Date: 30th March 2016 at 4:56pm
Written by:

Thomas Kevin Beattie was born in Carlisle on the 18th December 1953 and as a young 15-year-old, The Beat was invited to discuss terms with Reds manager Bill Shankly and Liverpool.

But after arriving at Lime Street Station, there was no-one there to greet him and with no money in his pocket, he promptly jumped on the first train back to base.

Later the outspoken manager of Liverpool football club Bill Shankly said angrily, “If he hasn`t got the brains to find his way to Anfield from the station then we don`t want to sign him.”

Many years later, the controversial Scotsman admitted that it was one of his worst errors of judgement he had made in football and so it was to prove!

In 1971 Bobby Robson made sure there was someone to meet him at Ipswich station and it was the good man himself!

Beattie is arguably the best ever player to don an Ipswich shirt and even now, he ranks highly among Town fans who sadly never got to see him play in the flesh.

He was an awesome defender, who was not only as powerful as an Ox but had sometimes the deftest of touches and the ability to hang in the air, before straining his neck muscles to unleash exocet missiles from the edge of the box!

He stuck fear into forwards too with his no-nonsense tackling and dogged determination to win those fifty fifty challenges.

As if this was not enough, he also had fire power in his feet as well and scored some memorable goals from distance and the only goal he scored for England was a stunner against Luxembourg.

In 1971 he made his debut at just 18 years of age and against a Manchester United side that included George Best, Denis Law and Bobby Charlton to name but three.

He passed the audition and within weeks he had not only been called into the England Under-23 squad but Sir Alf Ramsey had invited him to train with the full international team as well!

Sadly, injuries were his achilles heel. Knee injuries in particular and it was his knee that forced him to watch on from the stands for both legs of Town`s UEFA Cup final triumph against AZ 67 Alkmaar in 1981 which must have been devastating.

He was the first-ever recipient of the P.F.A. Young Player of the Year award in 1973/74 and got a FA Cup winners medal in 1978 when Arsenal were defeated 1-0 at the old Wembley that could easily have ended up in a rout!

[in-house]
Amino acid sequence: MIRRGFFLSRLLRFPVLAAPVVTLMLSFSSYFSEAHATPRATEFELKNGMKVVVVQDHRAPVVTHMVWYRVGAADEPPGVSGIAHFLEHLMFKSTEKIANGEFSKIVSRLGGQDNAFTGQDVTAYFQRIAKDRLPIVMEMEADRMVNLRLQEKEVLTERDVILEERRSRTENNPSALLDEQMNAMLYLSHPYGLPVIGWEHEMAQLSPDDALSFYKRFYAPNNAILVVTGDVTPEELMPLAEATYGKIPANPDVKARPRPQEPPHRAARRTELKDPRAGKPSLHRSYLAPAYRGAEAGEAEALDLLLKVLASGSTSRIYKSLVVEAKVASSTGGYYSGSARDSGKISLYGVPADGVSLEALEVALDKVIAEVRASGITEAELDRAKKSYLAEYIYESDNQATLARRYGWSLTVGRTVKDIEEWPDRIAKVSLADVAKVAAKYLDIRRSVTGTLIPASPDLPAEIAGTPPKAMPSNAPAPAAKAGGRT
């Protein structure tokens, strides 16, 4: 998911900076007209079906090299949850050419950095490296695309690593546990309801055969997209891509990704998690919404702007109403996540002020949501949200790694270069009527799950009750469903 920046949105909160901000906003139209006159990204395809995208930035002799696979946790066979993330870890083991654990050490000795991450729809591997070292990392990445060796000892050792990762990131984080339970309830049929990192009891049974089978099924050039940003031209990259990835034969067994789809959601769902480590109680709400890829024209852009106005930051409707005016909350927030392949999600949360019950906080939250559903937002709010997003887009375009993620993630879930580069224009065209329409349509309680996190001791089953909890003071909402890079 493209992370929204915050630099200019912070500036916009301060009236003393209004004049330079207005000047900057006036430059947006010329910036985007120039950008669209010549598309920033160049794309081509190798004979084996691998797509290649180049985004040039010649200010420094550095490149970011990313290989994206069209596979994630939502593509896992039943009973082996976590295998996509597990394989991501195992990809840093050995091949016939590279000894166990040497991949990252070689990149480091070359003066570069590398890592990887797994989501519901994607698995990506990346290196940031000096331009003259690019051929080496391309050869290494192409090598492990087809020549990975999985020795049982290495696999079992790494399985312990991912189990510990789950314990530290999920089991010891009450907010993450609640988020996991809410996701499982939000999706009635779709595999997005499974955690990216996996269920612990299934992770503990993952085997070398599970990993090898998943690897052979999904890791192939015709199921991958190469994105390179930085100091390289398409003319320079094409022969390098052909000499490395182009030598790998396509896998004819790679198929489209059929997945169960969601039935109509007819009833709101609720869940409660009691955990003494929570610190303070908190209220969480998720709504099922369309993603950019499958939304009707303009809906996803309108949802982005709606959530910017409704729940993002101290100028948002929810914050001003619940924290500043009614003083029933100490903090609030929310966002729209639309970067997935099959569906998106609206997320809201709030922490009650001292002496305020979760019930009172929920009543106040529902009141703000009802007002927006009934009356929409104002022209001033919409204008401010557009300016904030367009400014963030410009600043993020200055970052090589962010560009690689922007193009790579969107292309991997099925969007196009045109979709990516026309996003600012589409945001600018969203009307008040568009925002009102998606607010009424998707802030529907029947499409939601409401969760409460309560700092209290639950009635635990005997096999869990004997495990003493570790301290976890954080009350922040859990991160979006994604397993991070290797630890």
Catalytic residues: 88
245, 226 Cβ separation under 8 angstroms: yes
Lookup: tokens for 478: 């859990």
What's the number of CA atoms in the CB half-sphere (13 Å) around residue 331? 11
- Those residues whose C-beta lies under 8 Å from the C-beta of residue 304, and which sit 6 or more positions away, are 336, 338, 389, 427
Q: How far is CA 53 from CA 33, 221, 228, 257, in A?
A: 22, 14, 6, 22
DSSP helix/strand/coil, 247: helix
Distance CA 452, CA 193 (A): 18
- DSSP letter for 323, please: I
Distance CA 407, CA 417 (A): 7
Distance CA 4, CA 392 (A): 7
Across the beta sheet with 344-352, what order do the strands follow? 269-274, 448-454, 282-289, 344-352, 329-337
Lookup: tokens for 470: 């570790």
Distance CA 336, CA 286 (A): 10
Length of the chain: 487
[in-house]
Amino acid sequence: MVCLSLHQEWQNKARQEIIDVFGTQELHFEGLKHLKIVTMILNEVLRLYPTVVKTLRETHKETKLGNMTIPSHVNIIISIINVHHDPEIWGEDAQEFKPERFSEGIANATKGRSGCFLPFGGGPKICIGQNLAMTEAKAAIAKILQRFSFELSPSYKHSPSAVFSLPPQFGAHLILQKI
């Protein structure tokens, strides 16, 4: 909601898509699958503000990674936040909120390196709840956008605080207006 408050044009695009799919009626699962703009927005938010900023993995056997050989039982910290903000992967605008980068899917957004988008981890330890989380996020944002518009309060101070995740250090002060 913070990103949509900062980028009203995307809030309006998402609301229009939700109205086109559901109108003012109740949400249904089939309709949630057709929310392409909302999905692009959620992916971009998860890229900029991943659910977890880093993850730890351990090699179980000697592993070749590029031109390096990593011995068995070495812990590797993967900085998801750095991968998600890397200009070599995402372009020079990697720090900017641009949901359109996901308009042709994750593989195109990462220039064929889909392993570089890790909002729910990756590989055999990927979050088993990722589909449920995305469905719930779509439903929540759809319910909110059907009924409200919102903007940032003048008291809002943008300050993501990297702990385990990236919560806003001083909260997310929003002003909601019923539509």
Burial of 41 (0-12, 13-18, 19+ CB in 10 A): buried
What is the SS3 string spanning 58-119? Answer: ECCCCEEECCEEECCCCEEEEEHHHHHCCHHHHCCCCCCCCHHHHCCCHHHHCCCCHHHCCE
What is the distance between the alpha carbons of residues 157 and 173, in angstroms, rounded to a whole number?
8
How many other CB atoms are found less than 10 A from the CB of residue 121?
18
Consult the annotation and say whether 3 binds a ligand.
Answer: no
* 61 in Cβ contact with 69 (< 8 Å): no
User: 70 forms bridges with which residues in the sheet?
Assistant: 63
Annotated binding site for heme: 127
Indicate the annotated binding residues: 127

I had the pleasure of watching him play so many times and the memories of this wonderful defender will be forever young.

If he had not had a gardening accident in 1977, I feel sure that Ipswich Town would have won the league and it is maybe because of this that I want underdogs Leicester City to do it this time.

They may be a city and not a Town but in the modern game they are still minnows compared to the big spenders of the Premier League and it would do English football the world of good if they won it!

As for our Kev, he made far too few appearances for Town because of those knees and he would persistently battle through those pain-barriers just to get onto the team sheet.

For the record he made 224 appearances for Ipswich Town scoring 24 goals and 9 more for England that should have been 90 had it not been for those dodgy knees that curtailed his career at just 27.

The Beat will always be a living legend to me and as Sir Bobby said, he was the best English-born player he`d ever seen.

I share that view and in an age when image and high earnings are destroying the modern game, let The Beat have the last word.

“I still get stopped all the time to sign autographs. I love it because without those fans I`d be a nobody and you can’t take those memories away.”

Frank Weston – editor of Vital Ipswich


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